Staging Injustice. Italian Art. 1880–1917
January 25 - June 18 2022
For its 2022 season, the Center for Italian Modern Art (CIMA) will present a group show focusing on the Italian artistic production during the decades between 1880 and the end of World War I. The extraordinary and painful circumstances that marked 2020 imposed reflections on our institution’s role as a protagonist of cultural conversations in the United States, and a need for a careful thematic choice in the development of the 2022 exhibition and its related Fellowship program.
Economic difficulties, exacerbated inequality and social tensions, problems of marginality and insecurity experienced by large swaths of the population are not exclusive to the contemporary situation in the United States: many other countries, and Italy in particular, have experienced similar condition of widespread hardship across different historical eras and in the present time. Artists have always known how to respond to these conditions by renewing their creativity and by immersing themselves in the reality of their day.
The decades examined in this exhibition featured a strong adherence to contemporary social themes, in a country that distinguished itself for its fascinating polyphony of creativity, voices and intentions. Paintings and sculptures created and presented to the public in Italy and abroad between 1880 and 1917 will be of particular interest to the contemporary American public. To this day, fin-de-siècle Italian socioeconomic history and artistic developments have received scant attention in the United States, and CIMA’s project intends to shed light on these subjects.
The exhibition, including approximately 30 artworks from Italian museums and first-rate private collections, will focus on four main iconographic themes, exploring how painters and sculptors elaborated and adjourned them through a confrontation with the contradictions of contemporary society. Migration, labor, protest, and social injustice are the fields of intervention that marked the reality of the artists at the center of CIMA’s project—topics whose importance resonates to this very day, both in Italy and in the United States.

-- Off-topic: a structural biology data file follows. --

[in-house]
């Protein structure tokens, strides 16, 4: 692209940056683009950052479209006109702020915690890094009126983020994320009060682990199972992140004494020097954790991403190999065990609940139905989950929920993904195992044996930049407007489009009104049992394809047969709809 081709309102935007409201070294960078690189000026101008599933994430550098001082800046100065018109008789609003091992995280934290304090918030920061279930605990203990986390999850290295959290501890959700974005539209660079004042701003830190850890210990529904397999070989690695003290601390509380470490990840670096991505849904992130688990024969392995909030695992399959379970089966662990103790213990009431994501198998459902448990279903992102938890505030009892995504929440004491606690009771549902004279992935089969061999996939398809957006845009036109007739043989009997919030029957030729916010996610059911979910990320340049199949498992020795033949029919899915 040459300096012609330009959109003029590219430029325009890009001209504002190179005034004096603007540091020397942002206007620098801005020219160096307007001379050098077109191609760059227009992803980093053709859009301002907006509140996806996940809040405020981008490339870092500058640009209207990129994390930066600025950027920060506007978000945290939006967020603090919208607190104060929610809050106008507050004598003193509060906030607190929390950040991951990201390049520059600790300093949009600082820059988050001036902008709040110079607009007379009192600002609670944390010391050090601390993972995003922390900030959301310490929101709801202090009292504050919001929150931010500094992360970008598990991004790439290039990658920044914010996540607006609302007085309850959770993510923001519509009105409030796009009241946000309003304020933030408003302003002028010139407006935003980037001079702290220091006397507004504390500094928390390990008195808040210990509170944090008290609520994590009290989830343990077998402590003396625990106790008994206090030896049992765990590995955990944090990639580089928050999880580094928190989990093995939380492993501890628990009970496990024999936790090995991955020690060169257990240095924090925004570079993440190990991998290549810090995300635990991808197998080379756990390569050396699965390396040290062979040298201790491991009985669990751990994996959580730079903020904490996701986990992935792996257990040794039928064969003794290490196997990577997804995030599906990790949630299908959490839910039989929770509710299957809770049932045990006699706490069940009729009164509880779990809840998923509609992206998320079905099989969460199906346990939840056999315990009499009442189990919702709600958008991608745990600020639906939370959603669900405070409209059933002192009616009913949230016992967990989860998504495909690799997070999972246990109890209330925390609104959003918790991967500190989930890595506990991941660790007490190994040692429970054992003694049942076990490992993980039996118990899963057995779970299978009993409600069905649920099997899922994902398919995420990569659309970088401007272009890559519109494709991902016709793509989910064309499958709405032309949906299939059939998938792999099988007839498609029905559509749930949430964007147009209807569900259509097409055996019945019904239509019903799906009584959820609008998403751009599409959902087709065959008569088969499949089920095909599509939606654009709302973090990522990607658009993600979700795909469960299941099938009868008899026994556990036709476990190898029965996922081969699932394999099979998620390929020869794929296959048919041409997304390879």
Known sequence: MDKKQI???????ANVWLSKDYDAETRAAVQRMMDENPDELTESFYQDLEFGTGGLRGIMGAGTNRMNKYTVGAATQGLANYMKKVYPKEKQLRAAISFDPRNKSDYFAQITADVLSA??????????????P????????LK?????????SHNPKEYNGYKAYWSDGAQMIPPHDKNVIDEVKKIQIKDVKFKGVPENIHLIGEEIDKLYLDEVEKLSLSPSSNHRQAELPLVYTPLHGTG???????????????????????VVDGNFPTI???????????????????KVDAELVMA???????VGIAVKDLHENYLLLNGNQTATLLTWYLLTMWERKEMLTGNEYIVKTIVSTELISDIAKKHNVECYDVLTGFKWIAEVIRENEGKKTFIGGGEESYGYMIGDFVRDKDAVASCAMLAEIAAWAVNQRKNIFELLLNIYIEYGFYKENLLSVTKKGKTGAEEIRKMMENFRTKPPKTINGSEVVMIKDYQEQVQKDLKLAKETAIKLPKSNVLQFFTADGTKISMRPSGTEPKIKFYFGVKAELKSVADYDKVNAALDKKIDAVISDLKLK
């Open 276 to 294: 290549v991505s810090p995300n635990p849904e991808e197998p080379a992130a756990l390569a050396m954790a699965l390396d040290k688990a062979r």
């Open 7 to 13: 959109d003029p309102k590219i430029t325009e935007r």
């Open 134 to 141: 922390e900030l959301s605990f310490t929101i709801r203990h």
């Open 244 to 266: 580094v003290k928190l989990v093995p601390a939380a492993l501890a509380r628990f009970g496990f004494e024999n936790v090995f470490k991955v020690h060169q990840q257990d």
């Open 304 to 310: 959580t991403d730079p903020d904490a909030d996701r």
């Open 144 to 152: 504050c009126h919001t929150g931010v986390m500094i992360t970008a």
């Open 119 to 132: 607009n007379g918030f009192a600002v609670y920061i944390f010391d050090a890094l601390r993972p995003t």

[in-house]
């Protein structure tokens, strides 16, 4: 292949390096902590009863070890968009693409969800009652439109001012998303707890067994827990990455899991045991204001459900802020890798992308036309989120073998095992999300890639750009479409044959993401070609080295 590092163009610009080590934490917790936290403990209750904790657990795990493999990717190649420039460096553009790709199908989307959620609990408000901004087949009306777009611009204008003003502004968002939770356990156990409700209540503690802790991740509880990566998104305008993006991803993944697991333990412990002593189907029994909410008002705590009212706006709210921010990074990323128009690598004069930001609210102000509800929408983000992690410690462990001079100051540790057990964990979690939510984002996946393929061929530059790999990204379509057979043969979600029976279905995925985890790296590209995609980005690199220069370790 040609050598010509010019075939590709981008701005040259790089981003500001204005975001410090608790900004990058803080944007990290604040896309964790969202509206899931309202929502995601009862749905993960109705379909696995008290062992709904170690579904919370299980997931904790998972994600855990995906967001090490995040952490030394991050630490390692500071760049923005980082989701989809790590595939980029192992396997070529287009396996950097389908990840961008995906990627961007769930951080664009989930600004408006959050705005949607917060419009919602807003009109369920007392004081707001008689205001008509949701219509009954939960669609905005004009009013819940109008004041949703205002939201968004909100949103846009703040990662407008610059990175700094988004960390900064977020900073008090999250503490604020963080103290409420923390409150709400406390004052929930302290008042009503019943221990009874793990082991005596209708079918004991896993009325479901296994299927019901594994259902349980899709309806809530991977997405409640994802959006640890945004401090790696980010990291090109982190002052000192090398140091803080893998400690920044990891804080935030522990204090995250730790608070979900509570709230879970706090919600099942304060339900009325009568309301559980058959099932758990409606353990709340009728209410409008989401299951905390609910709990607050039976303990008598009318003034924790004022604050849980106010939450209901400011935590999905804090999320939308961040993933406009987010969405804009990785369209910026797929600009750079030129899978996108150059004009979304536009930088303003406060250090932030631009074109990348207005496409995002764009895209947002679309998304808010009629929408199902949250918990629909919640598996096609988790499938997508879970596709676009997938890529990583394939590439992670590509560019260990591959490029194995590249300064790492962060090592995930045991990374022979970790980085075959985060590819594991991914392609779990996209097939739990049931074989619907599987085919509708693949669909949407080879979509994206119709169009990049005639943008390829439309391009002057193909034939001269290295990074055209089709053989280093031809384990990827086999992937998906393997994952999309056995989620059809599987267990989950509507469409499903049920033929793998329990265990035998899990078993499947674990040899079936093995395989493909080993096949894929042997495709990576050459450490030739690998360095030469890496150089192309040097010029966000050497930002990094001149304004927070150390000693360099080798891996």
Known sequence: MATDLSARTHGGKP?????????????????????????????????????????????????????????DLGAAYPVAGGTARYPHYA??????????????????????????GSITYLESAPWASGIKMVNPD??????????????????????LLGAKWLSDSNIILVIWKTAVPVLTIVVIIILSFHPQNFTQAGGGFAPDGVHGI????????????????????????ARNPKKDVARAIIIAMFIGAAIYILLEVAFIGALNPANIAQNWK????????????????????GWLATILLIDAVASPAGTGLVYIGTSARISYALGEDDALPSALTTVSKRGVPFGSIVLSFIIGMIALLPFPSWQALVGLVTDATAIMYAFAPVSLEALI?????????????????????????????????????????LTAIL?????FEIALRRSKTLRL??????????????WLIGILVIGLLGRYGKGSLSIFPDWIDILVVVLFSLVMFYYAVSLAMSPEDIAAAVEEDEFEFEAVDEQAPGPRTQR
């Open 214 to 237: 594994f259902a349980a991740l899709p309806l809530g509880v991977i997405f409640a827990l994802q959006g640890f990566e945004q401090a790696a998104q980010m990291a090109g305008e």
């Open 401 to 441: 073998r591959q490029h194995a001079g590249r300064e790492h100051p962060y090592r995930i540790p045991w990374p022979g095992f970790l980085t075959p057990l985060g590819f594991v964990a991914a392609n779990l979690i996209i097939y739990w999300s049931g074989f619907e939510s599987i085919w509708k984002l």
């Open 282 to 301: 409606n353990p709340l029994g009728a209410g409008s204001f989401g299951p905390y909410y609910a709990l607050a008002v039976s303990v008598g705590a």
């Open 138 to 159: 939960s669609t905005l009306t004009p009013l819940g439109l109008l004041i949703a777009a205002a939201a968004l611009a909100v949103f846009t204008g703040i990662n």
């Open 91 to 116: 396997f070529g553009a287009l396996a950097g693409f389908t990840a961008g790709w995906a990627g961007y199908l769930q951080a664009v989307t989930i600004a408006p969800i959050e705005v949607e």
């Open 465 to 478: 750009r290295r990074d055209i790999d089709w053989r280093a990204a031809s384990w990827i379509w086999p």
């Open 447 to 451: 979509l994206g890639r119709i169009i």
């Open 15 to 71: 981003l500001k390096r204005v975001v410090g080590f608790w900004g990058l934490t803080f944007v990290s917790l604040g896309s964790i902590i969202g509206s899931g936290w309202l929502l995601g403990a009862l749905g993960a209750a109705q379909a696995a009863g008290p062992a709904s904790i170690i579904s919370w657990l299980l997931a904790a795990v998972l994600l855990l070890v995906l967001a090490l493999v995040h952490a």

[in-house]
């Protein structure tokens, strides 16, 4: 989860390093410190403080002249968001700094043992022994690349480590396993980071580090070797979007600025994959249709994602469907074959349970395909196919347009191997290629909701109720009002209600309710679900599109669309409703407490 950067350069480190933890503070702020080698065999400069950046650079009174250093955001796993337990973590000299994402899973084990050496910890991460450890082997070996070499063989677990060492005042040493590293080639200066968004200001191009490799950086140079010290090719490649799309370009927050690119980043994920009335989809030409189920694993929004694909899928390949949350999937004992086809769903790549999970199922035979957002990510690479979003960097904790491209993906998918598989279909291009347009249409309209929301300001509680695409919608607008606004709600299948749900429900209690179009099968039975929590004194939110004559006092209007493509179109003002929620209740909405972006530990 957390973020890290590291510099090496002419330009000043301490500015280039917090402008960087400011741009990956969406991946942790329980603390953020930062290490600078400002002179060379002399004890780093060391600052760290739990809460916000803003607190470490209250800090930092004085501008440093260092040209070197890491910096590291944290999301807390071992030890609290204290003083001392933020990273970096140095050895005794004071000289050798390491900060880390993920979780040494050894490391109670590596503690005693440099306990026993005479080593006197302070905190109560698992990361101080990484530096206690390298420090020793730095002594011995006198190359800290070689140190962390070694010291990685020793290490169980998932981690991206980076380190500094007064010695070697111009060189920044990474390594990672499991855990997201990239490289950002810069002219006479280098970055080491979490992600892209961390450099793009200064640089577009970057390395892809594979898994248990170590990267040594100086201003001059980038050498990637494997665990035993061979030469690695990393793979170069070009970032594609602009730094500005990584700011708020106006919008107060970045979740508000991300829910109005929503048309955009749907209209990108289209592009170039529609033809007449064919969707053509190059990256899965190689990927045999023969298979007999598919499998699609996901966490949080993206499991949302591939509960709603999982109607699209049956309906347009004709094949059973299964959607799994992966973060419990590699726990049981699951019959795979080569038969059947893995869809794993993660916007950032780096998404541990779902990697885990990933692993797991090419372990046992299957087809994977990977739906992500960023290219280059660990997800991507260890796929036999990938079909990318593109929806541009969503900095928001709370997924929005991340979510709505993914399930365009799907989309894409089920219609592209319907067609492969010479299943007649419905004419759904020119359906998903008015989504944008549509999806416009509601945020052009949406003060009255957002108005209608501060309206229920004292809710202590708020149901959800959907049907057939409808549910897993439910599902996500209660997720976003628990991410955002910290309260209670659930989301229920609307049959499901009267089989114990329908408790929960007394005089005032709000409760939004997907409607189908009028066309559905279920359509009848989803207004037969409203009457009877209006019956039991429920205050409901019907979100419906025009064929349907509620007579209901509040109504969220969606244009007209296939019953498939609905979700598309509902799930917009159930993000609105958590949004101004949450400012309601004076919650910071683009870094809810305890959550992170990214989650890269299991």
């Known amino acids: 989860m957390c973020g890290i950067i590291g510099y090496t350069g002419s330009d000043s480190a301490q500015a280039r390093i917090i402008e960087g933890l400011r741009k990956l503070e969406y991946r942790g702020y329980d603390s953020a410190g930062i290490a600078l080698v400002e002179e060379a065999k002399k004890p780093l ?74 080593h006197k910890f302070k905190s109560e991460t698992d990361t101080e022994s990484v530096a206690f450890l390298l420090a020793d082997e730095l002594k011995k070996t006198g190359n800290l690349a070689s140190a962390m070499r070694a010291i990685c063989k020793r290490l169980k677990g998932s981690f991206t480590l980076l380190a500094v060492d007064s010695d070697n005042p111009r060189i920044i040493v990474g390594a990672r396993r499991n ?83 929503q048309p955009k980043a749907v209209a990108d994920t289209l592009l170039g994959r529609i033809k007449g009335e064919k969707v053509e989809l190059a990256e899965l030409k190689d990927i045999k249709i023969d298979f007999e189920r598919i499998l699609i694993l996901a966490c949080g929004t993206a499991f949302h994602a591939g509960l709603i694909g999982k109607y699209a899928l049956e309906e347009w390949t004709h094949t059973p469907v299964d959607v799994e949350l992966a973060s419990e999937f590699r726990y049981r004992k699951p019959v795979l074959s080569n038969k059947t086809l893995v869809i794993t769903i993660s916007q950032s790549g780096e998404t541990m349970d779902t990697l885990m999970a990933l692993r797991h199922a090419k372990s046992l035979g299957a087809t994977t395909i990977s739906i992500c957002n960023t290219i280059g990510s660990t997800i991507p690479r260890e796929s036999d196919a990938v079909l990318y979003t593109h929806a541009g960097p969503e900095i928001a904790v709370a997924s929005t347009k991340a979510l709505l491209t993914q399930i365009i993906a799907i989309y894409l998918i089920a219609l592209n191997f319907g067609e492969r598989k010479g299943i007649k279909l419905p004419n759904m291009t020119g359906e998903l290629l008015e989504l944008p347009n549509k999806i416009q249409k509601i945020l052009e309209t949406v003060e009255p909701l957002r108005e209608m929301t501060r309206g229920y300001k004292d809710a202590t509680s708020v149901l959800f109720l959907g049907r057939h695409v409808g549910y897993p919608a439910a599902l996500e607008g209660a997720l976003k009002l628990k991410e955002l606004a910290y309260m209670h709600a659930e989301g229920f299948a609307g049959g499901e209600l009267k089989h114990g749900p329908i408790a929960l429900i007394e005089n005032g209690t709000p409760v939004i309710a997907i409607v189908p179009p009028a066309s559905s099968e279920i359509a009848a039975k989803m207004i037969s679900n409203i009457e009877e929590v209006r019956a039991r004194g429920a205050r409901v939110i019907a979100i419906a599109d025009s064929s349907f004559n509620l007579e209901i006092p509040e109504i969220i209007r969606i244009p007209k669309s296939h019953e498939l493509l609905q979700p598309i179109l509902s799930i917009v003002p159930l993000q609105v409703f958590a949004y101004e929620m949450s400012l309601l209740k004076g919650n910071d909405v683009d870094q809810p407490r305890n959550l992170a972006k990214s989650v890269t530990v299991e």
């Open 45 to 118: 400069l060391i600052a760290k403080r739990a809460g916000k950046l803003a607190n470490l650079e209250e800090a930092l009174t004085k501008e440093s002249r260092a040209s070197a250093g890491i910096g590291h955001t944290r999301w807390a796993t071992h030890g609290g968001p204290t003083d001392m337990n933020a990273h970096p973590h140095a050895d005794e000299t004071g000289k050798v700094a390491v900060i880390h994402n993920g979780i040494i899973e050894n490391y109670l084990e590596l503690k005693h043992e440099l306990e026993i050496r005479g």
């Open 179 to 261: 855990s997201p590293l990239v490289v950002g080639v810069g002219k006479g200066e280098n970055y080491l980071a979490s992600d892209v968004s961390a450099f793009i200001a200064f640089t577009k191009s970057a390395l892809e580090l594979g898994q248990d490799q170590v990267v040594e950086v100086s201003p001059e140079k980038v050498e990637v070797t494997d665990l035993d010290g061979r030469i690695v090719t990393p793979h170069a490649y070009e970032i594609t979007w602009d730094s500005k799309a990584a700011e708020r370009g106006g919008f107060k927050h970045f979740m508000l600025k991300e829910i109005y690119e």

Artworks by fifteen artists will offer a cross-section of the most advanced Italian artistic production of the time. We will include heterogenous perspectives, styles, and formal languages, which will reflect the artists’ diverse backgrounds in terms of location, training, and their varied alignment with the pictorial tendencies and tastes of that era. The exhibition will thus also become a dialogue between artists who came from different areas of the country, and who were educated in distinct academic contexts.
As always, CIMA’s exhibitions result from the curator’s deep knowledge on the selected topic, but also function as catalyst for new research by our fellows who, in an international setting, gain and share with the public new insights on the themes of the show. The annual exhibition catalogue that CIMA produces functions as a tangible memento that carries a visual memory of the exhibition, with installation views and high quality photo-reproductions of individual works shown, which are color corrected on site next to the originals.
All the studies resulting from the fellows’ research during the exhibition season will be included in an issue of CIMA’s accredited academic online journal, Italian Modern Art, after the end of the exhibition itself, as was the case for our previous exhibitions.
CIMA’s role as international study center and museum incubator that fosters the rise of new art-historical points of view, inverts the traditional process of an exhibition resulting from extensive research: we instead curate an exhibit, and invite young scholars to study in close contact with the works on view for several months, allowing them to develop ideas and research themes whose proceedings are then gathered and published in our Journal.